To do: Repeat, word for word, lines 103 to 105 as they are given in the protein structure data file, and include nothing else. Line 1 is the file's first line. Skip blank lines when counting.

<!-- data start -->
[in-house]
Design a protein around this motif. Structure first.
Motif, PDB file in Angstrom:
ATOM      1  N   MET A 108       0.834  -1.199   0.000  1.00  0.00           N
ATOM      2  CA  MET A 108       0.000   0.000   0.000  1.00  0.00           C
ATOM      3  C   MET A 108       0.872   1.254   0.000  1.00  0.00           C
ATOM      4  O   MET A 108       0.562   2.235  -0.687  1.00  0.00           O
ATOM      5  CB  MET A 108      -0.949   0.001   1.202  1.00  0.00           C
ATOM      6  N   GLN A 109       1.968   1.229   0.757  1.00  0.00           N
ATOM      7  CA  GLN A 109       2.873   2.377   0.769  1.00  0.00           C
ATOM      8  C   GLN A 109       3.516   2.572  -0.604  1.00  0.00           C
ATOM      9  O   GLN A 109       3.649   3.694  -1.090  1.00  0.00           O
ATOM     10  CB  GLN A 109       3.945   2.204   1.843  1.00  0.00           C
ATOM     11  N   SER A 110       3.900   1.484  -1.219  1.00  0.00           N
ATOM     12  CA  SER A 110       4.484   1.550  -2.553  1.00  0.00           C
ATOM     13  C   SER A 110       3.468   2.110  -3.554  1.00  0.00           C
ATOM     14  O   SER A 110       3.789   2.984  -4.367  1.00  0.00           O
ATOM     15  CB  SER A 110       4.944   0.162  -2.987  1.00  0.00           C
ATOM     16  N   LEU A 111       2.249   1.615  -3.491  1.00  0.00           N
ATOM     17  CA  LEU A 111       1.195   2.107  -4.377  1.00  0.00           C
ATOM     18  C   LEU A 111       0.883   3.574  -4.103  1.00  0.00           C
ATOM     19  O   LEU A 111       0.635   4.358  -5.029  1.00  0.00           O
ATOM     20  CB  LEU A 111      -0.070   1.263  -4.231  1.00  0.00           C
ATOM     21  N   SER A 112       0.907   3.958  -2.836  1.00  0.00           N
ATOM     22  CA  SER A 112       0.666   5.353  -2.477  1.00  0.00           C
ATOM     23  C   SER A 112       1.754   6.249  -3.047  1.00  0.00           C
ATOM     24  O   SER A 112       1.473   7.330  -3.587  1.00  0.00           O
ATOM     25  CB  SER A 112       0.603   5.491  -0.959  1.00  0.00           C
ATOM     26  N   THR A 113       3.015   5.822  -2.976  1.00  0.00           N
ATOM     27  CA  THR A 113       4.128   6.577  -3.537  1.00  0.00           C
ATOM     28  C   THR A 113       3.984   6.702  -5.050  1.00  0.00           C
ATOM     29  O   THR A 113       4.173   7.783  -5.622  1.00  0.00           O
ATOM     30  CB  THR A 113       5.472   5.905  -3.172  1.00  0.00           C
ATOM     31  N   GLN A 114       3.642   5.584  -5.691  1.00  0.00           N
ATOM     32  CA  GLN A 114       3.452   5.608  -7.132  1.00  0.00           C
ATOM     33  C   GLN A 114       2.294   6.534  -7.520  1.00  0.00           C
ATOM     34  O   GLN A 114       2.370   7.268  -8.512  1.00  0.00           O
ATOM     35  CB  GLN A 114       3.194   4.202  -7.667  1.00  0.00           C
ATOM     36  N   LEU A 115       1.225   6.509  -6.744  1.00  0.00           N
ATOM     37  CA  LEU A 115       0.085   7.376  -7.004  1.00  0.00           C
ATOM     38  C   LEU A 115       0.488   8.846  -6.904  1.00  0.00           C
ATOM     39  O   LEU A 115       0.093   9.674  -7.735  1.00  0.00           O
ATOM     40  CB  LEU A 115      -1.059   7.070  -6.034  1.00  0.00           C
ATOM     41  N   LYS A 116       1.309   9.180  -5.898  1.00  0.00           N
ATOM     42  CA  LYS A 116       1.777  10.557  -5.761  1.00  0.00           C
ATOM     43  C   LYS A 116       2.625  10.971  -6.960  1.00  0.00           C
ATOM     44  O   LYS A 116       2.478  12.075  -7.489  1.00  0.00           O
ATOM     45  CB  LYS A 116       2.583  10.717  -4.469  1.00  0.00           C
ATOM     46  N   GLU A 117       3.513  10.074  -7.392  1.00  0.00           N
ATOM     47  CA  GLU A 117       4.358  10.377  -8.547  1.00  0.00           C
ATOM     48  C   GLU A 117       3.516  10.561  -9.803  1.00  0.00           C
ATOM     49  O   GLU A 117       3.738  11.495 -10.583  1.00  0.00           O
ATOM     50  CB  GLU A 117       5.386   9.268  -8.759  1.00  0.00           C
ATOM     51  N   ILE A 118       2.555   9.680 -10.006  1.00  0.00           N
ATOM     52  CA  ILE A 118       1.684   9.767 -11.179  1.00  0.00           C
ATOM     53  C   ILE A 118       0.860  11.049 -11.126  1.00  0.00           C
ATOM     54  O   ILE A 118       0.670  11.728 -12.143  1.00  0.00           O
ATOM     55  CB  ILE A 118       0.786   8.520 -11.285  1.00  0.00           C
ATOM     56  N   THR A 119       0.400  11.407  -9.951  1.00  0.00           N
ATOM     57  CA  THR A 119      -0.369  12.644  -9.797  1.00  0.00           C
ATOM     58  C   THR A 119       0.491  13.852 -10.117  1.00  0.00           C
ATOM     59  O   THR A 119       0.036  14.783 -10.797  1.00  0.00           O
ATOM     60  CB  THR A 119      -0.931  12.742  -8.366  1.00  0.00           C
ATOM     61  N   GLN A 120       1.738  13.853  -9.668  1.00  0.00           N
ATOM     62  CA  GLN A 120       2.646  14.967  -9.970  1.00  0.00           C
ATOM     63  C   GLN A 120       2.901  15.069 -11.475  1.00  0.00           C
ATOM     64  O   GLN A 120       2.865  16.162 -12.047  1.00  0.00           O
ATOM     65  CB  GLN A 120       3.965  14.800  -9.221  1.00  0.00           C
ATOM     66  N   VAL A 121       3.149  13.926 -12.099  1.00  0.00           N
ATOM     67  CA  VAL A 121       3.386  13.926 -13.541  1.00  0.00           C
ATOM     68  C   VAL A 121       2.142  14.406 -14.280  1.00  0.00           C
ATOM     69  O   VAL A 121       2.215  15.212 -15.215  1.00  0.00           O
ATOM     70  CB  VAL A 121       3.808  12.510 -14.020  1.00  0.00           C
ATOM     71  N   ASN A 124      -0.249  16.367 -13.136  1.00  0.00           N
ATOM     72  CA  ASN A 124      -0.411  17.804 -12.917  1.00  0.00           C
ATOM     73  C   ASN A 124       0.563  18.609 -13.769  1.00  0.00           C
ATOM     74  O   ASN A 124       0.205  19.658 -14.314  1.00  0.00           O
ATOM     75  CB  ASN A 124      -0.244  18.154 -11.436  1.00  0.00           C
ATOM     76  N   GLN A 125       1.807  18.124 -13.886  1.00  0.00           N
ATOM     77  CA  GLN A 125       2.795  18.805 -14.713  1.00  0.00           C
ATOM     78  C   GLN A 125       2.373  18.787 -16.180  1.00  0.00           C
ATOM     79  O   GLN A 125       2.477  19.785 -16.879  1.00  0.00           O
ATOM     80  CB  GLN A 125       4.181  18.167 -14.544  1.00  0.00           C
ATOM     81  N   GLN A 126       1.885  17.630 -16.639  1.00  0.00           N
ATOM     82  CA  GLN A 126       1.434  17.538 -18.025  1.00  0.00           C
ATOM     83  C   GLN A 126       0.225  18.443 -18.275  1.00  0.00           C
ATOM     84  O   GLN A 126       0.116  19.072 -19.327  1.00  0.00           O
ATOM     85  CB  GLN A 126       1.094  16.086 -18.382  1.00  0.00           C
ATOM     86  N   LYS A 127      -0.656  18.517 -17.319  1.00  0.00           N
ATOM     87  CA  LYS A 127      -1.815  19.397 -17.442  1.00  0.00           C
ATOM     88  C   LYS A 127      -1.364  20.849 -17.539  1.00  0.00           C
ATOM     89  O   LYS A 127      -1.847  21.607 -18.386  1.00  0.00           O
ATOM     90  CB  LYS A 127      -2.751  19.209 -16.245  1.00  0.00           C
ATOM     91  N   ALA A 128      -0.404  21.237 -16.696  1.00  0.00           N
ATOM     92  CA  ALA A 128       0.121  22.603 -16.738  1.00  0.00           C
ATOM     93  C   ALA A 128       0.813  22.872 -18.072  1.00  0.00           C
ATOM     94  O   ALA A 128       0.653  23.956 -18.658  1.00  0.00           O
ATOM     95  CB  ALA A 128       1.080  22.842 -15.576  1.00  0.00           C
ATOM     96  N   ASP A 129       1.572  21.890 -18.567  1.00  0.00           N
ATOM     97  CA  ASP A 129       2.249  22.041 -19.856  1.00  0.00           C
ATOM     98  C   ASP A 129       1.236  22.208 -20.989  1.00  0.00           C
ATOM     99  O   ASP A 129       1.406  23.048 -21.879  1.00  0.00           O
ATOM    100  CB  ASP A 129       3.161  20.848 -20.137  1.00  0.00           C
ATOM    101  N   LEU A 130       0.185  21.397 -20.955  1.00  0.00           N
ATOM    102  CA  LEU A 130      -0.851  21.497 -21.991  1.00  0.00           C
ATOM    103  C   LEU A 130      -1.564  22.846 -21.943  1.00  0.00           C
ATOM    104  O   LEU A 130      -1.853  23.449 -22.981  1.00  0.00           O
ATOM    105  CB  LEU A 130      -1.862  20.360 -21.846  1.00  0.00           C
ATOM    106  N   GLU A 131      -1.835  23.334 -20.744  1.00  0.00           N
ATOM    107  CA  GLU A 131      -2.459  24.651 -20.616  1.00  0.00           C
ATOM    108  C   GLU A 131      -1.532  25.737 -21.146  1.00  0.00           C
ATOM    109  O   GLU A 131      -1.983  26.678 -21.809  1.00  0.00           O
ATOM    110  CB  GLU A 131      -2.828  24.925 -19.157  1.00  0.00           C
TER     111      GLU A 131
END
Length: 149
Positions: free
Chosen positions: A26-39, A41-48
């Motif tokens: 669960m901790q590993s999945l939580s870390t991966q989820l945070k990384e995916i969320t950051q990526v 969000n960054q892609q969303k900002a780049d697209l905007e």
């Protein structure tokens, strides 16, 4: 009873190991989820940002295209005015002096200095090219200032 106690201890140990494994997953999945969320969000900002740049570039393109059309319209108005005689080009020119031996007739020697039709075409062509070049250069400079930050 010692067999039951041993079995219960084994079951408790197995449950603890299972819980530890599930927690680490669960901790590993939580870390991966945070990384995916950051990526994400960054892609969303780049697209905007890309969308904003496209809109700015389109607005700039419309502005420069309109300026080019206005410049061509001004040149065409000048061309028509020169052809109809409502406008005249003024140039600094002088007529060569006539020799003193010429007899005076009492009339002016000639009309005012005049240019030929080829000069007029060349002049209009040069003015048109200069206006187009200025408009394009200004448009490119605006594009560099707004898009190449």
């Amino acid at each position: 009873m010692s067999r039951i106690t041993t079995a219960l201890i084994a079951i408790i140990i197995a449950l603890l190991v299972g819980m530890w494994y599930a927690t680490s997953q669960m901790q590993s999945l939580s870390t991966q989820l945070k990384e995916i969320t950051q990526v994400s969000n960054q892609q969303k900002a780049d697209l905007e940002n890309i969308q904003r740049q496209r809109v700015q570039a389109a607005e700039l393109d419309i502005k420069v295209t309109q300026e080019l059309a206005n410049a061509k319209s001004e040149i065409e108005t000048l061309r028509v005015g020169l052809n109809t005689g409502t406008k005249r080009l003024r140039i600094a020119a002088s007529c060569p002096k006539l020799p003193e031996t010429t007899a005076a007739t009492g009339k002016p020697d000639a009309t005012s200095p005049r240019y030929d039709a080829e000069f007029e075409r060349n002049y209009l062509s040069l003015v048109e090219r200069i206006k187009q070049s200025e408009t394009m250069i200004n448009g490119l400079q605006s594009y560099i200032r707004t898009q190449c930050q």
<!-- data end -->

ATOM    100  CB  ASP A 129       3.161  20.848 -20.137  1.00  0.00           C
ATOM    101  N   LEU A 130       0.185  21.397 -20.955  1.00  0.00           N
ATOM    102  CA  LEU A 130      -0.851  21.497 -21.991  1.00  0.00           C